Easy ideas to get your guests involved
Planning games and activities for a Christmas party can be a challenging task. Food and drinks are easy. Decorations are usually already done. But, finding games and group activities can be a chore for the average party planner. Once the guest list, location and menu have been chosen, attention can be directed to preparing games for entertainment. Awarding a prize is not necessary but may get more of your guests involved. It can be something as nominal as a $5 gift card to a coffee shop or a simple non-gendered gift.
Playing games encourages your guests to move around, mingle, laugh and enjoy themselves. Many of these activities can be done with food or drink in hand also. Here are some game ideas that will make your party a hit.
• Ornament Scavenger Hunt - before guests arrive, strategically place 10 -12 similar ornaments around the gathering or party area. Try to select an ornament that blends well and doesn’t catch the eye quickly. Choosing the same style/shape in gold, silver, wooden or clear ornaments allows them to be hidden “in plain sight”. Keep a detailed list of where each ornament is hidden. When guests arrive, hand them each a numbered slip of paper with a line for “found” location and a pencil. Give them simple instructions. It is helpful to either point out the first ornament or save one from you collection to show the guests what they are looking for. Putting a time limit of 10-15 minutes on this game helps to keep it slightly competitive but not impossible. After time is up, have guests mark correct answers as you go through the area and point out each location. Award a prize for most ornaments found.
• Gingerbread Man - This game is best for couples, but as long as there is an even number of people it will work. Prepare game by printing off, decorating and cutting out several gingerbread men. Use brown cardstock and adhere decorations. Once completed, creatively cut with scissors or rip “cookie” in half. Put the upper half in one small mixing bowl and the lower half in another. Mix well with a wooden spoon and leave it resting in the bowl for a cute touch. If you want to take this game up a notch, play the part and wear a Christmas apron dusted with flour at the door. When guests arrive, ask them to “catch the Gingerbread man” by having each person select one part out of either bowl. Make sure the pieces go out evenly. Now instruct your guests to match up their gingerbread man with another guest’s piece. The winning match receives a prize.
• What’s in Santa’s Bag - prepare game by finding a Santa’s bag or sewing a simple one. Next, collect roughly 12 to 15 items that a person might find related to Christmas or the holidays. Examples might include: cookie cutters, candy canes, tape, jingle bells, ornaments, film, batteries, and wrapping paper. Place all items in the bag and then tie it up tight so there is no opportunity to peek. Guests can play individually or as a team. Give them a numbered sheet of paper, hand over the Santa bag and start the timer with a limit of 5 to 10 minutes. Players must feel and/or shake the bag to decide which items are in it. The guest or team with the most correct answers receive a prize.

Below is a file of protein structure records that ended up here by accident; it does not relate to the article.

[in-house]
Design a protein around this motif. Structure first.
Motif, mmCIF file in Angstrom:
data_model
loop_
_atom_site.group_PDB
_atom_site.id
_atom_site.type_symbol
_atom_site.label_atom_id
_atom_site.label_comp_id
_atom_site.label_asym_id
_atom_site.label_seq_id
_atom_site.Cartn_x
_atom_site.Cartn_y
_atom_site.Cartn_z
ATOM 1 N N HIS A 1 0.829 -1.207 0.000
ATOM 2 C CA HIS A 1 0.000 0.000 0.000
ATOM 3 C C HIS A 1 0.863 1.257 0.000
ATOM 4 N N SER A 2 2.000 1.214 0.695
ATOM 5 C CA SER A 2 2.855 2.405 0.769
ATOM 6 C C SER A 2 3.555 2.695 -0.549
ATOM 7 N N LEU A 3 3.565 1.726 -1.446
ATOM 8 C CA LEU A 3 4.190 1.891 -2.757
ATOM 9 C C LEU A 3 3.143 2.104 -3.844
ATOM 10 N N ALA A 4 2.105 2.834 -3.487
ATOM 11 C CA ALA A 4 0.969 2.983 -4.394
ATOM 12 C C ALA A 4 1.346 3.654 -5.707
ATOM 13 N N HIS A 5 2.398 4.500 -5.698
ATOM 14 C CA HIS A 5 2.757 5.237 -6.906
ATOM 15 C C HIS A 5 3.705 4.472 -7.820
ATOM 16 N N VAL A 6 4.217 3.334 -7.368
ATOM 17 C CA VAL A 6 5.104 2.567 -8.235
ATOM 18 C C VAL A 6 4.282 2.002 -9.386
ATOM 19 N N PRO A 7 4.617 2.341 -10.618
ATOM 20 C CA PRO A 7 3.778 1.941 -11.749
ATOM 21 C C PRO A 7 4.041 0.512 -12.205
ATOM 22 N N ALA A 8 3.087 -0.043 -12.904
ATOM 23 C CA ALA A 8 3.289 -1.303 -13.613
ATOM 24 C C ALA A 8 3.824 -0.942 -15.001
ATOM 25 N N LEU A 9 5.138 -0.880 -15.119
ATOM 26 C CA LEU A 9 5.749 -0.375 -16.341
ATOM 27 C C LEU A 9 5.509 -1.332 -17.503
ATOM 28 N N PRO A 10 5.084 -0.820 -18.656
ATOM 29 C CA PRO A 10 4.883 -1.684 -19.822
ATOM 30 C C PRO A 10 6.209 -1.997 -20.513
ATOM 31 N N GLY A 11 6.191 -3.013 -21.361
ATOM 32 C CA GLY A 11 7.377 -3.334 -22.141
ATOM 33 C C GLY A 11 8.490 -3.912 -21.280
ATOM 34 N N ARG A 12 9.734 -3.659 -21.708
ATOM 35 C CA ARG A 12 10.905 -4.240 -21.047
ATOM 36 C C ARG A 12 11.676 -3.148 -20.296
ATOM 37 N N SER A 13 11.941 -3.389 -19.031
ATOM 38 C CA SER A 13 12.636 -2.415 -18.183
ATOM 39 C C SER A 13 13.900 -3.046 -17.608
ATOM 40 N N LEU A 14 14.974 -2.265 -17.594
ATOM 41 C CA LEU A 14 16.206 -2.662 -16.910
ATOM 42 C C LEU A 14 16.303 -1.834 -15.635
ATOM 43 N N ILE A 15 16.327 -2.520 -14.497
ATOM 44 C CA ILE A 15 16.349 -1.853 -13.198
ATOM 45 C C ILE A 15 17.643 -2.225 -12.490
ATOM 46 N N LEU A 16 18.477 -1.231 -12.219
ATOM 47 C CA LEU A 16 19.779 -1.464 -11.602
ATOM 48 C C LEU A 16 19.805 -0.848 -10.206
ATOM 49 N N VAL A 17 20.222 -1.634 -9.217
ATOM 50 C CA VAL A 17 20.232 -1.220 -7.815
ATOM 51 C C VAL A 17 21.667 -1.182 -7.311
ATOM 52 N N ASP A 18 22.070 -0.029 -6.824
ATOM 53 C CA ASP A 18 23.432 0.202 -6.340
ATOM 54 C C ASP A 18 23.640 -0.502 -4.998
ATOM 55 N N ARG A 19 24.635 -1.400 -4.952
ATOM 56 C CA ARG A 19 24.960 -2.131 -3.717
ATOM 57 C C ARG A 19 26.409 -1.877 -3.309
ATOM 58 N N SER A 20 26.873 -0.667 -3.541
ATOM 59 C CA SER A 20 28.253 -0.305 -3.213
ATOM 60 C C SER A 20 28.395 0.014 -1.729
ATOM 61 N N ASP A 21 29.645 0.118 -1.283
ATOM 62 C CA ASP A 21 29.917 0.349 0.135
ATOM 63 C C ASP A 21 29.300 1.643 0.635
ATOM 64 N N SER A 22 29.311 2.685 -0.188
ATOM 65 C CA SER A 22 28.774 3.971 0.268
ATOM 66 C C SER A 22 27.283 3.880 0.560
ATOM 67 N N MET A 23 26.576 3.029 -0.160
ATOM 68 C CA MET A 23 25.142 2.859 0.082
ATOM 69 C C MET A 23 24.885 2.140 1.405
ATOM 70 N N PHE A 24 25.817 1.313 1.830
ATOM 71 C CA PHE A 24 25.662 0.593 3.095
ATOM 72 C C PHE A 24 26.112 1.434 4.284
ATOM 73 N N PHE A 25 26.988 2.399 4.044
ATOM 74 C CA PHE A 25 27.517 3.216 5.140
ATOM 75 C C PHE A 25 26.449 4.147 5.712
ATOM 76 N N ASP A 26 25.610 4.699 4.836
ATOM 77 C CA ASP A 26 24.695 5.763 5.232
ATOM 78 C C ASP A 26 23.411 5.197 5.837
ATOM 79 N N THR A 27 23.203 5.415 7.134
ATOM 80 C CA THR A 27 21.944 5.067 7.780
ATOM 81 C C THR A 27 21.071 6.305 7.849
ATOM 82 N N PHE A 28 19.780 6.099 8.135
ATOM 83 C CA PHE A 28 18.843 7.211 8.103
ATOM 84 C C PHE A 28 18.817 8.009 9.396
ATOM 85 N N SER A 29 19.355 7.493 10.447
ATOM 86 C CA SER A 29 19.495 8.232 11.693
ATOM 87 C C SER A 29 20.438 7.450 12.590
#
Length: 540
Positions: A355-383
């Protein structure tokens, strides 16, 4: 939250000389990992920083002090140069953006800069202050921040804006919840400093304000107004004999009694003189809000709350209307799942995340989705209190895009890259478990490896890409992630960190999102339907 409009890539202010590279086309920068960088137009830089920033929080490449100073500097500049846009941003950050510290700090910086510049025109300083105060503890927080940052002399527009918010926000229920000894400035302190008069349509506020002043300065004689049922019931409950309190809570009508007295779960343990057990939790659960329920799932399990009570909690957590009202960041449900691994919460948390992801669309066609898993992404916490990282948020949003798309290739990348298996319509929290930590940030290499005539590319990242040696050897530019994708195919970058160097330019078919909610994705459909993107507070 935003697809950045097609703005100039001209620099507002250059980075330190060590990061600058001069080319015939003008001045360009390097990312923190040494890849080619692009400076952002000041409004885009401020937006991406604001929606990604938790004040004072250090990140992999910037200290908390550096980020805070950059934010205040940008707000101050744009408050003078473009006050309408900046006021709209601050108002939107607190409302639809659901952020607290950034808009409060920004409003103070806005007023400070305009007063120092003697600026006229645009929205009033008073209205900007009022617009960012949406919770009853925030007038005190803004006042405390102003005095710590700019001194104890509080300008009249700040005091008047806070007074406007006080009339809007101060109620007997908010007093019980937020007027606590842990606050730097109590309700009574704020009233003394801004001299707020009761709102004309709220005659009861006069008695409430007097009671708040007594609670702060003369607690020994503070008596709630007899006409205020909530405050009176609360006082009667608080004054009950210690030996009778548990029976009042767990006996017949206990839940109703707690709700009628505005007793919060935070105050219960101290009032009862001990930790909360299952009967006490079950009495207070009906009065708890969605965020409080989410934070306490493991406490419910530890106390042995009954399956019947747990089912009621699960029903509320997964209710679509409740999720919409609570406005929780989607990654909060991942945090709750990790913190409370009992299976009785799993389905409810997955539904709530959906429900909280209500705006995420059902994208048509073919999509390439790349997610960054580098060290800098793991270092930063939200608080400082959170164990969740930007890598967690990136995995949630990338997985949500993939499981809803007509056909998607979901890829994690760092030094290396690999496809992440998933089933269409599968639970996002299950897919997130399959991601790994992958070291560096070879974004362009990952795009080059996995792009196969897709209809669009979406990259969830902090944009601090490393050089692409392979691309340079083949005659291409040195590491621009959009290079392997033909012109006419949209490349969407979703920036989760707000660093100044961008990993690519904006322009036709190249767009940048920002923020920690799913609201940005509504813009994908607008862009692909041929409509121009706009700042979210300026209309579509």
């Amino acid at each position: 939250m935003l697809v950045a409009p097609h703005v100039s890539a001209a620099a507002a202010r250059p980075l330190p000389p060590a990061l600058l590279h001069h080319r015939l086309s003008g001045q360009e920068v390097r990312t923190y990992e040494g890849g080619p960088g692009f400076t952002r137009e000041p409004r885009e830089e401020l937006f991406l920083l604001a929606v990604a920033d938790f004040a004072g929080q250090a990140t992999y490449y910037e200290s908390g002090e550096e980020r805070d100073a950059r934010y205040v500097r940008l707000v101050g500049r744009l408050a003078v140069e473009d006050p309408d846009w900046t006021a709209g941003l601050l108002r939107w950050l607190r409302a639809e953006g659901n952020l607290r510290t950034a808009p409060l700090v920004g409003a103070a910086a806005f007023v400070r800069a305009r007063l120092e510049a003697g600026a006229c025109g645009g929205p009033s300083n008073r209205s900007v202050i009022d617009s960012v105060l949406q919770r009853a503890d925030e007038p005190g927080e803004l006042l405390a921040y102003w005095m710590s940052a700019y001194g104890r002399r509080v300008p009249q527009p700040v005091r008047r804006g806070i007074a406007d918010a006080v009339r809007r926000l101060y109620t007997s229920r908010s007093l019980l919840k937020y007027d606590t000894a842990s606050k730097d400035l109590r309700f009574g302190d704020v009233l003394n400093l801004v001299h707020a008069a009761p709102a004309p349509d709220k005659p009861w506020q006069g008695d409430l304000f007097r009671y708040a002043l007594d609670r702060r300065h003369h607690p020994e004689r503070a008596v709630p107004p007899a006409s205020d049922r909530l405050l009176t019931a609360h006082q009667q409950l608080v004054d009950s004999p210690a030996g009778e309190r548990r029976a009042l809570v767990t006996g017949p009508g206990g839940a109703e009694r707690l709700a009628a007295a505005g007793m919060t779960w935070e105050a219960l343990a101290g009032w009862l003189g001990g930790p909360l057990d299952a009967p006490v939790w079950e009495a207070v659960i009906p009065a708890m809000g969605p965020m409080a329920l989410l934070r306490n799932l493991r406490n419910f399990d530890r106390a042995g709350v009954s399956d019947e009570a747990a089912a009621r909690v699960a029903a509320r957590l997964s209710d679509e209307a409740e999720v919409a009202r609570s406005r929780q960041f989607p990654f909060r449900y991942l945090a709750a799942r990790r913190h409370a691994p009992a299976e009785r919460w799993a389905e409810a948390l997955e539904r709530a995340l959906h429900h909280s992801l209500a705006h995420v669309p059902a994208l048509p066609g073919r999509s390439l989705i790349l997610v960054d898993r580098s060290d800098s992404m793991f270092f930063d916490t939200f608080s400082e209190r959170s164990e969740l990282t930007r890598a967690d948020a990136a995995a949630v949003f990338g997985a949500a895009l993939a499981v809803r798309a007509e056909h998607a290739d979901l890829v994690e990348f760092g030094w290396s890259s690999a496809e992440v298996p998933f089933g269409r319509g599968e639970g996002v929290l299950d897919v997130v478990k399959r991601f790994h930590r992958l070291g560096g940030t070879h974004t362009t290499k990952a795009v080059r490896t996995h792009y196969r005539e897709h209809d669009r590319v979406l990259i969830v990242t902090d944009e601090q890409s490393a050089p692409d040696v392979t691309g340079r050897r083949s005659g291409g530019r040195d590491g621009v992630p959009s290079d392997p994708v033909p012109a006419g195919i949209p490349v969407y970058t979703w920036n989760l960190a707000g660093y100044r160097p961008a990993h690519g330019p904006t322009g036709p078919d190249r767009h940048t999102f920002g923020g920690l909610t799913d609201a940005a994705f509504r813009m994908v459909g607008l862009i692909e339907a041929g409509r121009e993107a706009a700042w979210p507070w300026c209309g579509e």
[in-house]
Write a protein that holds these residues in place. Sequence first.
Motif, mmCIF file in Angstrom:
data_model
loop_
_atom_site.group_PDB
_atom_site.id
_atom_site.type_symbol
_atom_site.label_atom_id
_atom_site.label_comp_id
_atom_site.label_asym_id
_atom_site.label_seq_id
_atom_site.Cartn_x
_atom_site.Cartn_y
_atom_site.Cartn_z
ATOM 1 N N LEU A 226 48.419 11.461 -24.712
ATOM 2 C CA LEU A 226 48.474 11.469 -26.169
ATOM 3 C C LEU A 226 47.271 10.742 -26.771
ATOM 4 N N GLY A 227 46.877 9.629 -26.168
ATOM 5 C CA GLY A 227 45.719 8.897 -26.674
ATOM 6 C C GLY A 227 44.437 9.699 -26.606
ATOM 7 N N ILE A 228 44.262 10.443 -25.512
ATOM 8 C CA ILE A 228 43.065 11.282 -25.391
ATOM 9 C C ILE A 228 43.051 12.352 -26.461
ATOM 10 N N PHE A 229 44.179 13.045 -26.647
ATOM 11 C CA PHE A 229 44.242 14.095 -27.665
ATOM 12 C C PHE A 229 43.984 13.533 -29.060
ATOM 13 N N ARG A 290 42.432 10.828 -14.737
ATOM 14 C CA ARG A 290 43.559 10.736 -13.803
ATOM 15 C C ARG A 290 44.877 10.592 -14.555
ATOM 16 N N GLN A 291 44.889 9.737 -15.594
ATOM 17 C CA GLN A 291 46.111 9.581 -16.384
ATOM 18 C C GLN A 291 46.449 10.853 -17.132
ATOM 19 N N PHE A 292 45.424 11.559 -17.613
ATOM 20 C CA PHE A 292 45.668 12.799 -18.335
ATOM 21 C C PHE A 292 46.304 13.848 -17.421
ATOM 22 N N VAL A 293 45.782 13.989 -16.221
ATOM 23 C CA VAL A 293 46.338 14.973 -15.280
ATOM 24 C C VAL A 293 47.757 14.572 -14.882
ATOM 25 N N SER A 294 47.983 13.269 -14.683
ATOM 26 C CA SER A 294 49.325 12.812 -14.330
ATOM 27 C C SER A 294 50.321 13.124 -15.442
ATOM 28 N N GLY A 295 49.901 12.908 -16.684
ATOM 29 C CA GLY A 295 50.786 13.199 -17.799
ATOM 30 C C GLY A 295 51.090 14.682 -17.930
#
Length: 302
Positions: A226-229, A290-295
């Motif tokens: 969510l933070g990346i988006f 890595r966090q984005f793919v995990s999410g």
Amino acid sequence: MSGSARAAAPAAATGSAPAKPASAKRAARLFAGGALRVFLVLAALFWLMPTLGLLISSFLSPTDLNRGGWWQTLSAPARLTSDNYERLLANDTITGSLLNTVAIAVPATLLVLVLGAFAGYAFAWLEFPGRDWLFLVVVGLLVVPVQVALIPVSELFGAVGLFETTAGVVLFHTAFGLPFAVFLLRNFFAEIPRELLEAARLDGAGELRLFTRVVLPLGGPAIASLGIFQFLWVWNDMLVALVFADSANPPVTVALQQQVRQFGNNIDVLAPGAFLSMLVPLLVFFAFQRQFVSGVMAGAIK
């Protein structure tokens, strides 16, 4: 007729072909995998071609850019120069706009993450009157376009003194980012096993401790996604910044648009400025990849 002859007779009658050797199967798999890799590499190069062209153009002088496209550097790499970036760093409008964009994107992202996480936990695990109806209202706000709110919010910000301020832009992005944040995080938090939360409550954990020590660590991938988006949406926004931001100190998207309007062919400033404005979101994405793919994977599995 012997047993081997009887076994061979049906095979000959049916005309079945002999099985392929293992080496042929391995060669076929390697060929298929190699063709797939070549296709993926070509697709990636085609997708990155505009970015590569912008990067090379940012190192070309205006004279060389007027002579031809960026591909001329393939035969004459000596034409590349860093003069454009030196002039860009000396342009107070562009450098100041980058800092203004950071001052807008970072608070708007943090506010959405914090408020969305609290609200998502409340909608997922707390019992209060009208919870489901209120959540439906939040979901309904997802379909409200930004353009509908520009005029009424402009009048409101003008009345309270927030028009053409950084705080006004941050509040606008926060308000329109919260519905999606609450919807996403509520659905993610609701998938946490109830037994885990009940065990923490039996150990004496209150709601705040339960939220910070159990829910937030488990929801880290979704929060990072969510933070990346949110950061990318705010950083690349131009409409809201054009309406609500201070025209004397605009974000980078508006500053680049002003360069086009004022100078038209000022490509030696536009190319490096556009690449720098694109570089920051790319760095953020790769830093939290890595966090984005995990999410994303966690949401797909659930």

• Upside down Santa (or Snowman) - prepare Christmas game by purchasing white paper plates that have a large bottom and are on the firmer side (flimsy plates will not work unless you really double them up). Each guest will also need a pen, crayon or marker. There is an option to have a few different colors to increase the difficulty level. Have guests hold paper plate upside down on head so they will be drawing on the bottom. Next, recite descriptive scene that includes your Santa or Snowman. An example starts: In the living room, a large fireplace stood against the wall with a roaring fire. Four Christmas stockings hung on the mantel. A beautiful, tall green Christmas tree stood majestically in the corner. It had a red ruffled tree skirt and blue Christmas lights. There was a sparkling silver star positioned right at the top. Santa stood beside the tree placing a large yellow box beneath the tree. Continue on with the rest of the story, giving as many details as you choose. The premise behind this game is for the guests to draw this “scene” the best they can without taking the plate off of their head. Have guests remove plate and score points for how well the scene was drawn. Example: One point for having a fire in the fireplace, one point for every stocking that touches the mantel, one point if the star is on the top of the tree, etc. The guest with the most points wins.
• The Passing Game (also known as left or right) - prepare Christmas game by purchasing several sturdy, inexpensive gender neutral gift items and wrapping them well with Christmas themed paper. Search and print a “Left/Right” Christmas story. Guests will sit in a circle and start with one wrapped item in their hands as you recite the story. When the word left or right is heard, guests will pass their gift to the neighboring person in that direction. Be careful not to recite the story too fast. Reading slowly and taking pauses will allow your guests to catch up with the passing. At the end of the story, guests get to open the gift that they end up with.
• Name that Christmas Carol - prepare game by selecting 20-24 Christmas carols. To raise the difficulty level, choose a line of the song that is not part of the chorus. Give each guest a sheet of paper with the lines and a pencil to write their answers. When finished, guests can score all the correct answers as you either read them aloud or play the real music. The guest with the most correct answers wins.
This year, try including your Christmas party guests in games and activities at your get together. It is a wonderful way to make sure everyone has a great time!